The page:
-kaḥ -kā -kam Name of a metre.
Derivable forms: vasantatilakaḥ (वसन्ततिलकः), vasantatilakam (वसन्ततिलकम्).
Vasantatilaka is a Sanskrit compound consisting of the terms vasanta and tilaka (तिलक).Source: Cologne Digital Sanskrit Dictionaries: Cappeller Sanskrit-English Dictionary
Vasantatilaka (वसन्ततिलक).—[neuter] [Name] of a metre.Source: Cologne Digital Sanskrit Dictionaries: Aufrecht Catalogus Catalogorum
1) Vasantatilaka (वसन्ततिलक) as mentioned in Aufrecht’s Catalogus Catalogorum:—bhāṇa, by Varadācārya. Io. 3188. L. 116. Burnell. 172^a. Taylor. 1, 87. 223. 333. Oppert. 149. 610. 1166. 1564. 2427. 2696. 4445. 5157. 6660. 6784. 6839. 6994. 7632. 7777. 8232. Ii, 479. 2575. 3264. 3795. 6417. 6698. 8345. 8940. 9088. 9755. Rice. 264. Bühler 542. Sb. 311.
2) Vasantatilaka (वसन्ततिलक):—bhāṇa, by Varadācārya. Gov. Or. Libr. Madras 82. Hz. 471. 595.
3) Vasantatilaka (वसन्ततिलक):—bhāṇa, by Varadācārya, son of Sudarśana. Ulwar 1023.
4) Vasantatilaka (वसन्ततिलक):—bhāṇa by Varadācārya. Hz. 1331.Source: Cologne Digital Sanskrit Dictionaries: Monier-Williams Sanskrit-English Dictionary
1) Vasantatilaka (वसन्ततिलक):—[=vasanta-tilaka] [from vasanta > vas] n. the ornament of spring, [Chandomañjarī]
2) [v.s. ...] the blossom of the Tilaka, [Varāha-mihira’s Bṛhat-saṃhitā]
3) [v.s. ...] a [particular] mixture, [cf. Lexicographers, esp. such as amarasiṃha, halāyudha, hemacandra, etc.]
4) [v.s. ...] f(ā)n. a kind of metre (four times ¯ ¯ ˘ ¯ ˘ ˘ ˘ ¯ ˘ ˘ ¯ ˘ ¯ ¯), [Piṅgala Scholiast, i.e. halāyudha]
5) [v.s. ...] m. Name of a man, [Kathāsaritsāgara]
Sanskrit, also spelled संस्कृतम् (saṃskṛtam), is an ancient language of India commonly seen as the grandmother of the Indo-European language family (even English!). Closely allied with Prakrit and Pali, Sanskrit is more exhaustive in both grammar and terms and has the most extensive collection of literature in the world, greatly surpassing its sister-languages Greek and Latin.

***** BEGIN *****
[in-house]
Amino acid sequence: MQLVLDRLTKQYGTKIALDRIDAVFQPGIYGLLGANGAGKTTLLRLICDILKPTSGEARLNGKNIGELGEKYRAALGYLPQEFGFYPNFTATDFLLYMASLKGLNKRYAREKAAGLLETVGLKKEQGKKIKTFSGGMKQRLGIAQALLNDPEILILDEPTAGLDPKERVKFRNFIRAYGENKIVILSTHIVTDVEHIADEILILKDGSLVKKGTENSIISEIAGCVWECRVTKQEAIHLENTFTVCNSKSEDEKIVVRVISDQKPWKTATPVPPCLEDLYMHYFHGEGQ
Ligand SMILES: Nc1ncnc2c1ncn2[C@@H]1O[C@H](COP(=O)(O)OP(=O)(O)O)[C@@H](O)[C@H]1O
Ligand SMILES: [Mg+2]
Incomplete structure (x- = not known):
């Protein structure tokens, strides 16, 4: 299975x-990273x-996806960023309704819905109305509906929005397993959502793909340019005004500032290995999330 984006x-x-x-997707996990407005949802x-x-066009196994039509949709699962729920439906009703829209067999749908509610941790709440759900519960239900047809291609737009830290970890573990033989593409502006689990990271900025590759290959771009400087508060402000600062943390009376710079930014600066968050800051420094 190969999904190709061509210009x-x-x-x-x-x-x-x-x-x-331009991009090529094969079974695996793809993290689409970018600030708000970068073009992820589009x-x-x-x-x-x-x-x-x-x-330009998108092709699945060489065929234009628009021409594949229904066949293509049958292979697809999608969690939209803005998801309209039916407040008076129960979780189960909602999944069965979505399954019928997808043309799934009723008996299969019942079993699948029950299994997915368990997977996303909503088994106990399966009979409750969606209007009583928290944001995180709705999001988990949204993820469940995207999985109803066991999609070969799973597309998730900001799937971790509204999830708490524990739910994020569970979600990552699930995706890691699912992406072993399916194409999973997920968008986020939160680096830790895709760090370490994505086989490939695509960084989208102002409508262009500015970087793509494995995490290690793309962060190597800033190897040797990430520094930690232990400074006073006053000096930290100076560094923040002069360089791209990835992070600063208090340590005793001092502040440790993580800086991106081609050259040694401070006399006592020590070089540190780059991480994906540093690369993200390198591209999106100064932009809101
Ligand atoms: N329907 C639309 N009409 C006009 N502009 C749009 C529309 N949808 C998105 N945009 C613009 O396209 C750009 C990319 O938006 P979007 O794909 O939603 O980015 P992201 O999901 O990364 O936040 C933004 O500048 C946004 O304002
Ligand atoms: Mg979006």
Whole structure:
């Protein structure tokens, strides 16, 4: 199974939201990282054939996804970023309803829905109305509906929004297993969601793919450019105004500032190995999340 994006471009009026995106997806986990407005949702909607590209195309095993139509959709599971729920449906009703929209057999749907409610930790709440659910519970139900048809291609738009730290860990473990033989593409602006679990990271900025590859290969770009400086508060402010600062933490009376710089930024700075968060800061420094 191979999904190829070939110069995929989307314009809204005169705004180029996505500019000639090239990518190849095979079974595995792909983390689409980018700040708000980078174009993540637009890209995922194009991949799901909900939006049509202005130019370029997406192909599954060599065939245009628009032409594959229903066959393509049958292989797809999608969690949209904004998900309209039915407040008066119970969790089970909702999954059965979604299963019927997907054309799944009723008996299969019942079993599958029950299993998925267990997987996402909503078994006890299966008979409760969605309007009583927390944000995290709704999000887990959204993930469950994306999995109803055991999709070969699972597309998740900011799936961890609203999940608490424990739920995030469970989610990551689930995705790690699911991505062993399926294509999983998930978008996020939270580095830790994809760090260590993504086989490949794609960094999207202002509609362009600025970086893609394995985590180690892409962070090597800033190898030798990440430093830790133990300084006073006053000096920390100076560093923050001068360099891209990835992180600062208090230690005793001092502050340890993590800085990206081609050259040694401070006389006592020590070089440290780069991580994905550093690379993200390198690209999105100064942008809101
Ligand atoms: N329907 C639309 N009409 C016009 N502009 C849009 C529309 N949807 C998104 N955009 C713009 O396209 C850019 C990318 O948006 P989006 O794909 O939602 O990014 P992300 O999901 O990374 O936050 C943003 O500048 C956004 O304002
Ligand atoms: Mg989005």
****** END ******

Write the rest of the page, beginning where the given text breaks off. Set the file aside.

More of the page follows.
See also (Relevant definitions)
Search found 7 books and stories containing Vasantatilaka, Vasanta-tilaka, Vasantatilakā, Vasanta-tilakā; (plurals include: Vasantatilakas, tilakas, Vasantatilakās, tilakās). You can also click to the full overview containing English textual excerpts. Below are direct links for the most relevant articles:
Śrī Kṛṣṇa-karṇāmṛtam (by Śrīla Bilvamaṅgala Ṭhākura)
Blue Annals (deb-ther sngon-po) (by George N. Roerich)
Chapter 28 - Paṇḍita Vanaratna < [Book 10 - The Kālacakra]
Chapter 12 - Teurapa (rte'u ra pa'i skabs) < [Book 14 - Great Compassion Cycle]
Trishashti Shalaka Purusha Caritra (by Helen M. Johnson)
Part 5: Sodāsa (borne to king Naghuṣa and queen Siṃhikā) < [Chapter IV - The, birth, marriage, and retreat to the forest of Rāma and Lakṣmaṇa]
Part 2: Story of Pavanañjaya and Añjanasundarī < [Chapter III - Hanumat’s birth and Varuṇa’s subjection]
Part 4: Birth of Hanumat (Hanuman) < [Chapter III - Hanumat’s birth and Varuṇa’s subjection]
The backdrop of the Srikanthacarita and the Mankhakosa (by Dhrubajit Sarma)
Part 4b - Chandas (2): Jāti type of metre (mātrāchandas) < [Chapter III - Literary Assessment Of The Śrīkaṇṭhacarita]
Part 4a - Chandas (1): Vṛtta type of metre (akṣarachandas) < [Chapter III - Literary Assessment Of The Śrīkaṇṭhacarita]
Part 4 - Sanskrit mahākāvyas < [Chapter I - Introduction]
The Natyashastra (by Bharata-muni)
Rasa Jala Nidhi, vol 5: Treatment of various afflictions (by Bhudeb Mookerjee)